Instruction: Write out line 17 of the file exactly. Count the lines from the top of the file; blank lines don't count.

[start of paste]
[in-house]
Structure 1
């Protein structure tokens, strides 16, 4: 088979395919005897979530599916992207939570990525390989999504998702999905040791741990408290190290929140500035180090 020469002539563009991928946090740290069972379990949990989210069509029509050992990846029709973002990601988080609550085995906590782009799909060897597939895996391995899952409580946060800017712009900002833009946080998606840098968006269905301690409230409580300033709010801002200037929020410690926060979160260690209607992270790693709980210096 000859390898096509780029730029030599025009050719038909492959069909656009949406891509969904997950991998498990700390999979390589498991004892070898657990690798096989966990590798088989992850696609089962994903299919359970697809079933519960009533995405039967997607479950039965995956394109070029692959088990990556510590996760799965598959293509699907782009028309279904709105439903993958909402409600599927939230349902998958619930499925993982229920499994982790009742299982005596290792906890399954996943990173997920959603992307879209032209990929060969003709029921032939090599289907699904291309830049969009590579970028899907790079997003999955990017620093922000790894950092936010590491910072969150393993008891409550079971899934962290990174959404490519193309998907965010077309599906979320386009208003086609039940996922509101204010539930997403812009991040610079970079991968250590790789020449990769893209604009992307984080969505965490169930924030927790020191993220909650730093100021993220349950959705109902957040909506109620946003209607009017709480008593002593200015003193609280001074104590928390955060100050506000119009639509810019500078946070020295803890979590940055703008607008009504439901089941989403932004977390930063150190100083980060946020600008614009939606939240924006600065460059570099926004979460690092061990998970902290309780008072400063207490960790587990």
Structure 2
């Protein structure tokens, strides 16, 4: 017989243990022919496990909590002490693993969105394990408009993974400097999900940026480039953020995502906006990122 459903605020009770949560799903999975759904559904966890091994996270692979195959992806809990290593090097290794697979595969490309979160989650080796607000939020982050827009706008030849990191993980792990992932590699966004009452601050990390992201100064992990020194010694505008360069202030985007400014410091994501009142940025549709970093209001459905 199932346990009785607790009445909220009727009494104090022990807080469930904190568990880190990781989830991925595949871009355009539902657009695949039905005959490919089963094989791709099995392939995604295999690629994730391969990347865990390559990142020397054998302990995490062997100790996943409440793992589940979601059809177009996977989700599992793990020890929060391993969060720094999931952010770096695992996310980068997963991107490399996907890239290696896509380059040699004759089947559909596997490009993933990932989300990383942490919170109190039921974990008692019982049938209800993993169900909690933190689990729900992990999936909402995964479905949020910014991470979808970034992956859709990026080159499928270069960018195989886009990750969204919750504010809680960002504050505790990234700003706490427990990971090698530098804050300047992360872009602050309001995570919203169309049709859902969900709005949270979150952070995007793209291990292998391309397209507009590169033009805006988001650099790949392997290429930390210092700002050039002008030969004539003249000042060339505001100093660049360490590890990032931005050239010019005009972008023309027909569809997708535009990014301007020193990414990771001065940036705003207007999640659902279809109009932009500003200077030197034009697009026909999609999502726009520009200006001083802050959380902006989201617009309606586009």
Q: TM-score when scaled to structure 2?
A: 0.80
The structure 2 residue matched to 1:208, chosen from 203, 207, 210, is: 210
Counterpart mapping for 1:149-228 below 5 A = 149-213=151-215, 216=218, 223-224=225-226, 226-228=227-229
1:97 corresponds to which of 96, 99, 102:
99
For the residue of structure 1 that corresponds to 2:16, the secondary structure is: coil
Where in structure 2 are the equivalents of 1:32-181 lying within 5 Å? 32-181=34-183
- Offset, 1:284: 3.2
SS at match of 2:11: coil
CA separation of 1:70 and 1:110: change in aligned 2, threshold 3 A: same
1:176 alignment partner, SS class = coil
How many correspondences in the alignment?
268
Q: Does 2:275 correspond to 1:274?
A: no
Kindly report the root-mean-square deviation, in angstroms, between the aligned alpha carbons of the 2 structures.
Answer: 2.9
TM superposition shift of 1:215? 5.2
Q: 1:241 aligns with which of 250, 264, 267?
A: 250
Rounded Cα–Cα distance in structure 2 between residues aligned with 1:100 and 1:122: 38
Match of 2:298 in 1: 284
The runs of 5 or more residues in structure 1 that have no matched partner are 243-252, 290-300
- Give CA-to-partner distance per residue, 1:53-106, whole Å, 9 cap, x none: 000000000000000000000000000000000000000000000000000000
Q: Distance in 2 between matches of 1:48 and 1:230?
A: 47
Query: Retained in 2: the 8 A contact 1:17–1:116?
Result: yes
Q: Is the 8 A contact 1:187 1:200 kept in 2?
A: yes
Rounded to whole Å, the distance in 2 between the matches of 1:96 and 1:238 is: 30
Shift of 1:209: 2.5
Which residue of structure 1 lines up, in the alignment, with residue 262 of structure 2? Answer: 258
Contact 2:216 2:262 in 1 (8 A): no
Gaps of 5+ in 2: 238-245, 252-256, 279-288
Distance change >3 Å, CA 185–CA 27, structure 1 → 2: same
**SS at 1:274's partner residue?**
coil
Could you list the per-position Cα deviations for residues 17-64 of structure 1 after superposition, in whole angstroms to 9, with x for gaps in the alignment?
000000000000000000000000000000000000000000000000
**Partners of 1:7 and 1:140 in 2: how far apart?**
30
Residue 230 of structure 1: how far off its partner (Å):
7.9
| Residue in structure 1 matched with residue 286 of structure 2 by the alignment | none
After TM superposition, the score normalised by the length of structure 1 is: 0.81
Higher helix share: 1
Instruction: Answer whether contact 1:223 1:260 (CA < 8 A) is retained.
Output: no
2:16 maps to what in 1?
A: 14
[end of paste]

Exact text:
1:176 alignment partner, SS class = coil